Mind that typical camera sensors work in a cumulative/integrating way - think of either a tiny capacitor either being charged by a voltage source with a tiny photocell (photodiode, phototransistor, CDS cell, whatever!) in series, or a pre-charged capacitor shorted by a photocell. IIRC the second way is actually what is happening in typical sensors.
This structure will stop integrating correctly when the capacitor is empty (or charged to the available voltage). The meter needle is pinned, so to speak.
On-chip capacitors are relatively large, so you cannot make them arbitrarily high in capacitance; also, you would end up with smaller voltage differences for the same amount of light integrated, and thus with more readout noise.
A typical sensor pixel is not a non-integrating photocell with a buffer and a sample and hold circuit (activated at readout) attached - such an arrangement would likely be much noisier and would also sabotage the meaningful usage of a traditional shutter. Also, would be much more complex (see below).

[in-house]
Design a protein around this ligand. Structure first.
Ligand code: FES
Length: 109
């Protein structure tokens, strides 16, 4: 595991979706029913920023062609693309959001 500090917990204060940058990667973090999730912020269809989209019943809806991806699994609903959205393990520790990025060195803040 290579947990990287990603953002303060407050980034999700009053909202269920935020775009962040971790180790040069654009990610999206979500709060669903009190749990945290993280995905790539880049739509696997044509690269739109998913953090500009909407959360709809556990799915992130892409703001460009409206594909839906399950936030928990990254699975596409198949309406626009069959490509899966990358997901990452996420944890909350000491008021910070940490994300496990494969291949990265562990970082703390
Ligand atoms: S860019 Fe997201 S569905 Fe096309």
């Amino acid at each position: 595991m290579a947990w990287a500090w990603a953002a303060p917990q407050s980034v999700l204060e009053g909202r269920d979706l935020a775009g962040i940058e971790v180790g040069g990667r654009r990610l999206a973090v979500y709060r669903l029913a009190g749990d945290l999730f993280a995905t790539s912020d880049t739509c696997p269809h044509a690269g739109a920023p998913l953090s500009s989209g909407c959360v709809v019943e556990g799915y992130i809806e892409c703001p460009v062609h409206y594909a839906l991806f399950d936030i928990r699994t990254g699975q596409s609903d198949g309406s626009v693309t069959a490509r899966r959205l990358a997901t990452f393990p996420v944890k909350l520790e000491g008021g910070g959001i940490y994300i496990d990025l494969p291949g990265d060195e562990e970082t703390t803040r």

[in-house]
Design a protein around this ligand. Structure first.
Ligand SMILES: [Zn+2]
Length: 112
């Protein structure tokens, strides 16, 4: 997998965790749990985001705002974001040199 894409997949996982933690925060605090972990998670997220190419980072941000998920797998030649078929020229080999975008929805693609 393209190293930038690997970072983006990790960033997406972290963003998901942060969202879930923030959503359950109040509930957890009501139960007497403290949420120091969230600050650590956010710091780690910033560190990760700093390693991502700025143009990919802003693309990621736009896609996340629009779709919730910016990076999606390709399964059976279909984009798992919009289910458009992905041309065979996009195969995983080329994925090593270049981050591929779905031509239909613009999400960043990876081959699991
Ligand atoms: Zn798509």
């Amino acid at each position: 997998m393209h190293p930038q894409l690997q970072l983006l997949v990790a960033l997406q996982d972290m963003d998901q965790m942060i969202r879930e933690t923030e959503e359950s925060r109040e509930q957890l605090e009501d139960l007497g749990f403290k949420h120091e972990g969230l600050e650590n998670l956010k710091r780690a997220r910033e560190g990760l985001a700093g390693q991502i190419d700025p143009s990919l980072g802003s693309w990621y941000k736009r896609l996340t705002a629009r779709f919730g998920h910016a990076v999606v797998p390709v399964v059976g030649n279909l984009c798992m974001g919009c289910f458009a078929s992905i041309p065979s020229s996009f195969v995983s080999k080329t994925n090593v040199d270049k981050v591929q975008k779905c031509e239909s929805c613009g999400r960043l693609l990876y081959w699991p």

One might be able to put some kind of logarhithmic amplifier between a low capacitance photocell and the actual capacitor ... complicating the circuit much. Also, you'd need to shield any non-trivial analog circuitry in the sensor pixel from light very thoroughly: Silicon semiconductors are both somewhat translucent to IR, some of the structures used in making especially MOS/CMOS parts are actually quartz (which is translucent to a lot more), and all that stuff is photosensitive even if not intended as a photodiode or phototransistor. Log amplifiers especially are very dependent on circuit balance, thermal or optical interference is very good at upsetting it...
A path that maybe hasn't been explored much yet would be to use a different filter structure on top - for example, an R, G, B, R+ND8, G+ND8, B+ND8 mosaic... Blooming might ruin the fun, though.